I love going to theme parks. When I was much (much) younger I envied the kids on TV who spent their summers at theme parks.

Seven years ago I went to Paris for a fashion assignment. I extended that trip for a few days, and planned for an epic theme park experience at Disneyland Paris.

In Paris, we hung out at Champs-Elysees. I saw some pastries at a cute bakery and went in to get some. As I was paying, a group of tweens came in and started a ruckus, but the shopkeeper told them to leave and they did.

It was a little odd but I thought nothing of it until I realised my purse had been stolen.

My heart sank. It was Day One of my Paris trip and I had lost almost all my money and a credit card.

I didn’t know what to do. The folks at the bakery just shrugged and told me to take better care of my belongings. Gee, thanks.

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Bye dreams.

The receptionist at my hotel could hardly speak English so she was no help at all. I told a few people who came with me on the trip – nobody offered any help. Again, thanks.

I went to my room and called my bank to cancel the credit card. The guy on the other line was a lot more helpful and sympathetic. He even gave me the number of the Malaysian embassy in Paris, in case I needed it.

I was devastated but also grateful that I had another purse with me which I had kept in my luggage. In it was my other credit card, my MyKad, Malaysian ringgit and a few Euro dollars. To this day, I still travel with at least three purses, kept in different places and filled with emergency money and cards.

I went to the ATM to withdraw whatever money I could get from my remaining card. It wasn’t much but enough to tide me over the next few days.

However, I knew I had to scrap my Disneyland plans. Oh well.


So close yet … it was just not meant to be. Photo: MELODY L. GOH

First earthquake experience

Fast forward to June 2018 and I am in Osaka, Japan with my two cousins who are also theme park enthusiasts. We had planned for almost a year to visit Osaka’s Universal Studios Japan (USJ).

On the morning of June 18, two of us were still lolling around in bed, while another cousin made a cup of coffee. As we were talking about what time we should leave for USJ, the Airbnb apartment we stayed in started to shake. Hard.

My bed trembled, the walls were vibrating – imagine being in an airplane and going through bad turbulence for more than a minute. That’s what it was like.

After it stopped, we went online to see how strong it was – magnitude 6.1.

We started informing our families and friends that we were safe. Facebook prompted me to mark myself as “safe” from the Osaka earthquake. This was the second time I had used this Crisis Response feature (the first was a bomb explosion in Phuket in 2016) and found it to be effective.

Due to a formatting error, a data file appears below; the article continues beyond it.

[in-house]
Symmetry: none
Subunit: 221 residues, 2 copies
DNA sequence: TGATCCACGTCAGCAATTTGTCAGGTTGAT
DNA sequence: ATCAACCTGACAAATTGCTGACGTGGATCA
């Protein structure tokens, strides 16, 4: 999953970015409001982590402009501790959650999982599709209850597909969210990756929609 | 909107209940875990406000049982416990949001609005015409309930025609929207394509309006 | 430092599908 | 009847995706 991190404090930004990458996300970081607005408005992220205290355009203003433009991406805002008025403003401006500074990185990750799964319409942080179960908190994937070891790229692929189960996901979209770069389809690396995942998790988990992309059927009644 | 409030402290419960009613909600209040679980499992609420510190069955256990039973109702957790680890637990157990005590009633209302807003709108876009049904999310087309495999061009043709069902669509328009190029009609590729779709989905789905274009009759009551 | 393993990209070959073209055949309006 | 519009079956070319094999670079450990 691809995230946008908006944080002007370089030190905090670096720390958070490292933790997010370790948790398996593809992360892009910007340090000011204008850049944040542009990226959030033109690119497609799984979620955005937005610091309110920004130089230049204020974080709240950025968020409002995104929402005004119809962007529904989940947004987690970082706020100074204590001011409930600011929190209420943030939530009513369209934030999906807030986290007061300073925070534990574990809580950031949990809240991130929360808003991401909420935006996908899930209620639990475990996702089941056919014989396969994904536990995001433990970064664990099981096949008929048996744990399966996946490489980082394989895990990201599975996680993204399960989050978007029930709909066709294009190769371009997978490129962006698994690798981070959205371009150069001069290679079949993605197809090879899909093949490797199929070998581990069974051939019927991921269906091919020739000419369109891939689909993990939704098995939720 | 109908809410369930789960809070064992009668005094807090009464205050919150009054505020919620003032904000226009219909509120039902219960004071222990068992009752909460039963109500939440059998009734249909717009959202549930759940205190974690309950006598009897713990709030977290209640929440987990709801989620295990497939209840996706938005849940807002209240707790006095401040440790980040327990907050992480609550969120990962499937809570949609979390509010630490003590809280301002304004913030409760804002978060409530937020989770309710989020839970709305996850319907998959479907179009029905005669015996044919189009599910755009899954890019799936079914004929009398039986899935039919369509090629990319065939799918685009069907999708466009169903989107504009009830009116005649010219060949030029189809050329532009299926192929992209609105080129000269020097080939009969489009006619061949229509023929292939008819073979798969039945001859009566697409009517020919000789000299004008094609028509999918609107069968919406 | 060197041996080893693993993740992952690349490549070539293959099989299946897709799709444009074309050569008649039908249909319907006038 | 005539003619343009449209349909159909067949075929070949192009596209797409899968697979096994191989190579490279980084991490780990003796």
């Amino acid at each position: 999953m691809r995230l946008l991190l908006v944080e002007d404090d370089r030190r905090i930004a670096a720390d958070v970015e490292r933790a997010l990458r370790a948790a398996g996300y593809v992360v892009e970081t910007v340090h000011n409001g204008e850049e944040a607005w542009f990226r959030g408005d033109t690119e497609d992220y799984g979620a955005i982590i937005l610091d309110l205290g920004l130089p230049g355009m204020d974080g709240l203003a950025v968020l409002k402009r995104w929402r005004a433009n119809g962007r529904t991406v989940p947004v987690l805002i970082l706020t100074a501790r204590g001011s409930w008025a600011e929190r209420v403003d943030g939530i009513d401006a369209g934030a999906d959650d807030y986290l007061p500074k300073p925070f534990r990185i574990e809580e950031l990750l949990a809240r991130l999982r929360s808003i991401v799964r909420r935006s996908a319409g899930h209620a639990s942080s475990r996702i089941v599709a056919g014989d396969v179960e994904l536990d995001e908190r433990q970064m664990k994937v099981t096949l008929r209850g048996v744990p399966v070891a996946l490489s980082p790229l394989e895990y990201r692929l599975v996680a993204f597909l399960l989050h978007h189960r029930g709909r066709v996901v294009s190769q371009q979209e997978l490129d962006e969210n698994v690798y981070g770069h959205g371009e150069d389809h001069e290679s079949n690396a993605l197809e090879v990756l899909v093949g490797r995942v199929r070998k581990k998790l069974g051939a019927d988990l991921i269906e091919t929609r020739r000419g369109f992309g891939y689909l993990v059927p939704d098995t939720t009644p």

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They say many animals can sense changes in the environment before humans do. These GIFs come from a CCTV footage which showed how cats at a cafe in Osaka reacted just seconds before the earthquake hit and when it actually happened.

Train services were halted until further notice. This meant that we couldn’t go to USJ. Pictures online showed that some things were broken at the park so perhaps postponing our trip was not a bad idea.

We took a bus into the city and stopped at Osaka Station. Several department stores around the station were closed. We took another bus to the shopping district Shinsaibashi, but many shops had also closed for the day.

Everything was fine at the Wizarding World of Harry Potter in Universal Studios Japan one day after the earthquake in Osaka. Photo: The Star/Melody L. Goh

At midnight, we were back in our apartment, each on our own phones. We discovered that there had been several aftershocks throughout the day, and that more were expected.

As we were talking, it happened again but this time, it wasn’t as strong – magnitude 4.0 – but just as scary as before.

By then we were really worried. Should we contact the embassy? Should we cut our trip short? Does our insurance cover this? In the end, we were too tired to decide what to do so we went to bed thinking about all the things that could happen to us while we slept.

The next morning, we were still worried but a few friendly messages from unlikely parties comforted us temporarily.

For example, our Airbnb host had sent a message to make sure we were okay, and to call him should we need any assistance. That was reassuring.

Klook, a travel app that lets you book/buy tours, tickets and vouchers, had also e-mailed to give updates on the situation, as well as to tell us that we could reschedule any activity booked via the app. If any activity was cancelled, we could get a refund. Our USJ tickets (which I had bought via Klook) were not affected but I was glad that the app offered such services.

The next morning, things seemed to have calmed down so we headed for USJ. All worries – okay, most of our worries – went away as soon as we stepped into the park. Some rides were still suspended, probably as a precaution, but that just shows us how serious the park is with regards to safety. It was raining, but we were happy to be outside, out of the apartment.

Most of all, we were happy that the tremors had stopped.